Over the last few months, the Canadian Food Inspection Agency and the Food Directorate at Health Canada have taken a fundamental shift in their approach to permitted claims for food products. Previously, they had taken the position that foods could only make claims that had been specifically approved under the Food and Drug Regulations (the “Regulations”). They have now recognized that there is nothing in the Regulations that requires this. Under the new approach, food products are permitted to make health claims that are true and not false or misleading, with the exception of claims directly related to Schedule A diseases as set out in theRegulations.
As this is a recent development, we are not aware of any enforcement activity under the new approach. Food Directorate has not stated what standard of evidence will be necessary to support health claims on foods when they are challenged, but it is likely that they will apply the same standard as was previously required for pre-approval of food health claims. This standard is set out in the Guidance Document for Preparing a Submission for Food Health Claims (hyperlink: http://www.hc-sc.gc.ca/fn-an/legislation/guide-ld/health-claims_guidance-orientation_allegations-sante-eng.php) and uses the guiding principles of: systemic approach, transparency, comprehensiveness, human evidence, high level of certainty, demonstration of causality, biological relevance, and feasibility of effective dose consumption.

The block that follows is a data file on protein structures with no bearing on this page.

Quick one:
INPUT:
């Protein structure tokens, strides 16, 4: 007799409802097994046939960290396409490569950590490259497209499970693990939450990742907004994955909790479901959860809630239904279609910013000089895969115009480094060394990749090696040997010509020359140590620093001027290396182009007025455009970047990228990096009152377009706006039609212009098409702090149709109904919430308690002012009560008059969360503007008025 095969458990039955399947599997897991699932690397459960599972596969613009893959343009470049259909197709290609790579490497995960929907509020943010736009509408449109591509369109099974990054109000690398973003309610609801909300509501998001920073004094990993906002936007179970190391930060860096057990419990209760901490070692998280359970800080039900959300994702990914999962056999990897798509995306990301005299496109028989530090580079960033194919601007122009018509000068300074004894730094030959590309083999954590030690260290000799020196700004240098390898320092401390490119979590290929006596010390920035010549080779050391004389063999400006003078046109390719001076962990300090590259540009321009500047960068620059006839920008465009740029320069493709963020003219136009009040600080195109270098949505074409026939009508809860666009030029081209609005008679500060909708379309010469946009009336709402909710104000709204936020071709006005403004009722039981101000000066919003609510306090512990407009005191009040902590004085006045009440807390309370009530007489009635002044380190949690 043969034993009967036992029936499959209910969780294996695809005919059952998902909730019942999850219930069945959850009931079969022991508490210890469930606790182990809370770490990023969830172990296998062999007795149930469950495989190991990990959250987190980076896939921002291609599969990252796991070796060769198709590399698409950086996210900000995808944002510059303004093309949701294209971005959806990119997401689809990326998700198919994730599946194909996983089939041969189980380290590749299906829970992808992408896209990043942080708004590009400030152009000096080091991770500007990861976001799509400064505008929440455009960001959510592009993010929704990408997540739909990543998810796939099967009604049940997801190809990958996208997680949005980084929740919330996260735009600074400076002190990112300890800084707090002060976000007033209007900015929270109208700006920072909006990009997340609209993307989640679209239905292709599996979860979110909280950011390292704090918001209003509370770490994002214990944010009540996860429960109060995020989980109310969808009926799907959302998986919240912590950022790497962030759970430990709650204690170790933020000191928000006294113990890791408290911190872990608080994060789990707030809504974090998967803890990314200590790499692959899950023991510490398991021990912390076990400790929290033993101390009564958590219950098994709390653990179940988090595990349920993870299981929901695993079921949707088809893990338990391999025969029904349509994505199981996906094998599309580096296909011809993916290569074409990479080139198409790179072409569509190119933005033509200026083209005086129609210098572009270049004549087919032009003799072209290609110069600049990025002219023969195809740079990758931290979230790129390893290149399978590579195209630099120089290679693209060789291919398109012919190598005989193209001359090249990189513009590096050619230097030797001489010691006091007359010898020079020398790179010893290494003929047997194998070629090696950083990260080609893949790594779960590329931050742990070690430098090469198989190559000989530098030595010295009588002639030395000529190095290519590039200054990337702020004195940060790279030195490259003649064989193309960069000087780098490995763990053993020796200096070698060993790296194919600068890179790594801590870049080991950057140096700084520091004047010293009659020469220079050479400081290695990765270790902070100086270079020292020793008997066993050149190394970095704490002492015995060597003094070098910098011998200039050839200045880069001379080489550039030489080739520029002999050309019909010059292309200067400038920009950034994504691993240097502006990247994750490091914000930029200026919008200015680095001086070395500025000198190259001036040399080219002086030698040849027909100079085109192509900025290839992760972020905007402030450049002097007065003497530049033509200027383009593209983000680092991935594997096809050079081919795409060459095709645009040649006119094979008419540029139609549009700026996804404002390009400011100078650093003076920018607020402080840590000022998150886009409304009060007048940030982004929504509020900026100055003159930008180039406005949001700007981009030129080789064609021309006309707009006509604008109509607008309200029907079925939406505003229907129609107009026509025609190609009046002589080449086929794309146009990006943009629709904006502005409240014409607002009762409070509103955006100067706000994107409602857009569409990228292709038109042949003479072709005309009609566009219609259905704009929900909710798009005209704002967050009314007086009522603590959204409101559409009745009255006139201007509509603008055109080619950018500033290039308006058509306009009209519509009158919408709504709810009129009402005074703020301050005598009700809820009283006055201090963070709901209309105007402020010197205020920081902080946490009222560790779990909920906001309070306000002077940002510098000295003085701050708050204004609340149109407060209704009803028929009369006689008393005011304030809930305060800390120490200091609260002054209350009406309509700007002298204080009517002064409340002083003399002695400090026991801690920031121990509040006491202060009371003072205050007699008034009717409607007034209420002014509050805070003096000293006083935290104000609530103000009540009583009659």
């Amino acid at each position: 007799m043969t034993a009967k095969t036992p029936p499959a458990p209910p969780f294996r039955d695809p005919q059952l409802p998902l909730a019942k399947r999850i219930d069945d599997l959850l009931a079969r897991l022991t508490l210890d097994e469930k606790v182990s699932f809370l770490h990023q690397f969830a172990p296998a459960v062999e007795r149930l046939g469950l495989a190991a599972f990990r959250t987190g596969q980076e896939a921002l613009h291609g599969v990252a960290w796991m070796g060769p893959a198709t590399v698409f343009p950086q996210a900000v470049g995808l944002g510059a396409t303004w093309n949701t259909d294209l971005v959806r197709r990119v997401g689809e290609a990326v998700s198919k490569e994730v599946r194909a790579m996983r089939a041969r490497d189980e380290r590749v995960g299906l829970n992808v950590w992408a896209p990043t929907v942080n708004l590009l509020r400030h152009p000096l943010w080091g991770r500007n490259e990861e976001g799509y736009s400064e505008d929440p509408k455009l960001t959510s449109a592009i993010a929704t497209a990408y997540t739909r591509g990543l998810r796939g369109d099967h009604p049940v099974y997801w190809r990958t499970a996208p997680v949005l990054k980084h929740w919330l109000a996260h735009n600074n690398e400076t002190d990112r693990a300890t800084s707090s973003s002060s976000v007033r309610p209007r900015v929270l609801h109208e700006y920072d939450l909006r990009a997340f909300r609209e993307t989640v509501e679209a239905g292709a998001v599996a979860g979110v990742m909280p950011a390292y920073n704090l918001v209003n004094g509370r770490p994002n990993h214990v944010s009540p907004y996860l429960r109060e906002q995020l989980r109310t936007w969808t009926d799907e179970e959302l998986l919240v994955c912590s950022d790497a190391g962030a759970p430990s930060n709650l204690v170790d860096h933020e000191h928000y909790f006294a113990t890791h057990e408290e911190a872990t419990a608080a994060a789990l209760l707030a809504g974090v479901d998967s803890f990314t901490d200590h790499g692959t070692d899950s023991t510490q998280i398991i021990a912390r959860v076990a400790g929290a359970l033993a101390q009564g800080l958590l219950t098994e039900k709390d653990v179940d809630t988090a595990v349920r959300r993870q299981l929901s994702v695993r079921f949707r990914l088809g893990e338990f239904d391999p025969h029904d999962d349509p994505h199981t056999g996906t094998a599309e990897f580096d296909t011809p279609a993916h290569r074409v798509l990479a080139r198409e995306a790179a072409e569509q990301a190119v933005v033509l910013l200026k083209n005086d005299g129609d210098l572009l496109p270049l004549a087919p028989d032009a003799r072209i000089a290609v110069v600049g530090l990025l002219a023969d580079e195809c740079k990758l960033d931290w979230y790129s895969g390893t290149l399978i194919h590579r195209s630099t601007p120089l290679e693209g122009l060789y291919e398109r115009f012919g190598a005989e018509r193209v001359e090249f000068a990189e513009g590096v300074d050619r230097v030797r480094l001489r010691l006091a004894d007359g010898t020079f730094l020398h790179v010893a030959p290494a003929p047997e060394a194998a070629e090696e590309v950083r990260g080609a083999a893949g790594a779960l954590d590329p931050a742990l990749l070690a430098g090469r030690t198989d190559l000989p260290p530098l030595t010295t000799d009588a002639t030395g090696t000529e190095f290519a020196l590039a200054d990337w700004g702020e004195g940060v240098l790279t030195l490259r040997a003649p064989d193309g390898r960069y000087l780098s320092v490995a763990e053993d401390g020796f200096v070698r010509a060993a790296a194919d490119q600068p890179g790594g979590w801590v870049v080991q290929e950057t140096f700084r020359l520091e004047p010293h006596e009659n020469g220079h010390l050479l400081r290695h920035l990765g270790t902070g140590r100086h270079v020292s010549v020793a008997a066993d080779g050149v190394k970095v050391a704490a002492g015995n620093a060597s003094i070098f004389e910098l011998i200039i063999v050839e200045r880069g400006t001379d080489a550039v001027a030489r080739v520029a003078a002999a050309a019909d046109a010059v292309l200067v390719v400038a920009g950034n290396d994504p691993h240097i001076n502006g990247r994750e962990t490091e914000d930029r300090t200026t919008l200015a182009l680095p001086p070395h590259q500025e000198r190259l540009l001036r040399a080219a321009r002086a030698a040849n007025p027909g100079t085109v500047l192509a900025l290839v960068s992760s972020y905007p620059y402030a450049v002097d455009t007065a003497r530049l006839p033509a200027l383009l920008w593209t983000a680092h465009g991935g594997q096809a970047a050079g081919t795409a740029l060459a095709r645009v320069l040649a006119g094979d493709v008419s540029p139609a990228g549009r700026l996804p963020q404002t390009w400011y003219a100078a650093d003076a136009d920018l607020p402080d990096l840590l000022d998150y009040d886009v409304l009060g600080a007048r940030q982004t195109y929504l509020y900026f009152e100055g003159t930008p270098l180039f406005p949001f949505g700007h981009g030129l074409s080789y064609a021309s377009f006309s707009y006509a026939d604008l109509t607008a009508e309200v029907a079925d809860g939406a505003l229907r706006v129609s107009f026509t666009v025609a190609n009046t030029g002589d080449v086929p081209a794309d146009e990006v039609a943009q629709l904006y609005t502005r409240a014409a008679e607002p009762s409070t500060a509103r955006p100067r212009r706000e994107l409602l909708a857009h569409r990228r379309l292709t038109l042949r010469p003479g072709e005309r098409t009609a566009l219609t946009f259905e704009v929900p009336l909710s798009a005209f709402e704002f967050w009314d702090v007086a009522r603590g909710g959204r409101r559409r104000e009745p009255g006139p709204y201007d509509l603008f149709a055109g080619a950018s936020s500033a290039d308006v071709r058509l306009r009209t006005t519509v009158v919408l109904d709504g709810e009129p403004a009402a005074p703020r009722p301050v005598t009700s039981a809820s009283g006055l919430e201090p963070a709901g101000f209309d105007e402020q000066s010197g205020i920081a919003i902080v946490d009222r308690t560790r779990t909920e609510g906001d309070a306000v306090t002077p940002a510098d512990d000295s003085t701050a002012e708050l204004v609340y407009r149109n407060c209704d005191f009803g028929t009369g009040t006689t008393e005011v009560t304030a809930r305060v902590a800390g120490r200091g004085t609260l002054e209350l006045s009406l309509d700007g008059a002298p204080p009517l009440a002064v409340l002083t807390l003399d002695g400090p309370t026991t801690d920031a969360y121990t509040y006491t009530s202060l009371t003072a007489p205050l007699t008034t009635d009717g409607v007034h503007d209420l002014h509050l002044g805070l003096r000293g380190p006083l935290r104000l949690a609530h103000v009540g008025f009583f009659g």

Note this is a change in interpretation/approach to enforcement, not a regulatory change. It came about through the need to accommodate the transition of food-like natural health products (NHP) from NHP category to Food category through a Temporary Marketing Authorization process. Dr. Samuel Godefroy, Director General of the Food Directorate, identified the need for a re-evaluation of the food health claims approach at the CHFA West Conference & Trade Show in April 2012. The NHP-food transition, including the newly developed approach to food health claims, was also recently discussed at the IFT Food Policy Impact (hyperlink: http://www.ift.org/meetings-and-events/food-policy-impact.aspx) event in Washington, DC. Videos from that event are available at the links below:
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